Now you can take what you have written or spoken, and lift out phrase after phrase to tap on.

I told my client that speaking her inner thoughts out loud or even speaking them “out loud inside her head” as she tapped can be very effective. It is certainly more effective than not tapping because you can’t bear to know what you are thinking. That is like a sentence you are handing yourself to go on being sad and mad.

This woman had come in saying that she “probably shouldn’t be here today because I am SO MAD about what happened today I am about to explode!”

I responded, “No, this is a PERFECT time for you to be here! Good for you, to come in anyway!”

I invited her to speak or whisper (or shout!) some of the things that had gone on in her mind that day.

At first she was reluctant, afraid she would be overwhelmed by her feelings. But as she got going, the emotions began to flow. We tapped and tapped.

I periodically reassured her that she wasn’t doing this wrong, saying “You can’t do this wrong, just keep tapping and talking, saying what comes to you. Let one thought lead naturally to the next.

We don’t necessarily need to stop to do the set-up phrases when there is a lot of emotion and intuitive flow happening. The important thing is to let those thoughts out, so that you hear them consciously. Now you can defuse them with the tapping.

I am afraid to say what I think
I am afraid to know what I think about myself
I don’t want to know
I am afraid I will lose control
This hot volcano on my tongue
This pressure in my chest
When she said that I felt like a victim
I felt powerless
I felt left out
These tears
I hate to cry!
I never cry!
I am always very in control!!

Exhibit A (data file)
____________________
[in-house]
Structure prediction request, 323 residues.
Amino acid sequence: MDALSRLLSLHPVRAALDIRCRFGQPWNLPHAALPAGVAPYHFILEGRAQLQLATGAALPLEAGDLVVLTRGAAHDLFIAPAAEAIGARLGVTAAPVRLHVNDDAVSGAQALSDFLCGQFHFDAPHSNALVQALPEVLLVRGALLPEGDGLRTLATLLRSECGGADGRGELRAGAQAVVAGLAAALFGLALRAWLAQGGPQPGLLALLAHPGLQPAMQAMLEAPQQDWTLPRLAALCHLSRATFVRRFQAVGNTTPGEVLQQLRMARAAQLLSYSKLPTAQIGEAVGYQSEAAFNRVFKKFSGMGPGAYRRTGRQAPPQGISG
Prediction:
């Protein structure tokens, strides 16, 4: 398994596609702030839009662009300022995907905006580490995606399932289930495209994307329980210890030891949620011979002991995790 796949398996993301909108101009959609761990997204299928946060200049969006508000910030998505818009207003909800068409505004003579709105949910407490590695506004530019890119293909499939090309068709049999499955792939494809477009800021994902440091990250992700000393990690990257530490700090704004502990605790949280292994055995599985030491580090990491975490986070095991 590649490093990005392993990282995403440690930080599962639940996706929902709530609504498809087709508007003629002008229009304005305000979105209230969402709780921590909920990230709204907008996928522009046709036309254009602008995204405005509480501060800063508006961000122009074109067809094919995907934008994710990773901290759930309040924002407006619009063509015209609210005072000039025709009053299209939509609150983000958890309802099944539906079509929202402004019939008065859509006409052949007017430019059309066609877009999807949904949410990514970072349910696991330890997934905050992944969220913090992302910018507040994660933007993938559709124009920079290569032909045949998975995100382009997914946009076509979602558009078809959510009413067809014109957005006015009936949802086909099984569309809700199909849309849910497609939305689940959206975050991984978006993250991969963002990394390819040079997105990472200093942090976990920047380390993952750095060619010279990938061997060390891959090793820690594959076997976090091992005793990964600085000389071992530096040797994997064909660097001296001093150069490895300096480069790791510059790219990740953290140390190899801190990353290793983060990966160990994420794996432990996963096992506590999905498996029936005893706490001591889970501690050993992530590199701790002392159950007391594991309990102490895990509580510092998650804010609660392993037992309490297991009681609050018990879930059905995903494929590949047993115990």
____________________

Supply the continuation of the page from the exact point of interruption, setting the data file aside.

They will never know how much they hurt me!


After a time she said, “Well, I guess this wasn’t really such a big deal. She probably didn’t mean what I thought she meant when she said those things to me. I feel a lot better now.”

Now was a good time to consider going back to those parts of her that were sad and mad, and asking them what they really wanted her to know about herself.

She could ask, “If my sadness had a voice, what would it be saying?”

She began to think, “I am sad, and I am angry too, because some part of me deep down inside knows I deserve to be praised, not criticized. I know I need to start by praising myself. What I think about me is more important than anything!”

She might tap something like this:

Even though I don’t want to hear what I am saying, I accept myself anyway. I am doing the best I can.

Even though I was afraid to hear what I am saying to myself, I want to accept myself, and I wonder if there is another, deeper way to think about this.

Even though all that happened back then, and I still get echoes of it now, I accept myself anyway, and I am willing to consider finding my true voice.

This old anger and sadness, letting it go now…
This self criticism, letting it go now…
I can’t let it go — it has shaped who I am!
It is all I know!
But that old identity is smothering me, squashing me, choking me.
It has kept me from standing up for myself
It has kept me from feeling grounded in my body
It has kept me from knowing what I want!
I was making decisions to make other people happy.
But I am no longer powerless, I have choice now.
I can remember what it feels like to be the child full of life, energy, strength, strong opinions and excitement.
That is who I really am!
It is OK to be me. It is really OK to be me!
It is not only OK, it is a miracle and a blessing to be me!

Now, her inner mind can begin to create conditions in her life that reflect this new inner state of being.

As we noted above, the job of our inner minds is to make the world and our experiences look and sound and feel the way we tell it that the world looks, sounds and feels to us. EFT can help us it do this, with wonderful results!

by Rue Hass, M.A.www.IntuitiveMentoring.com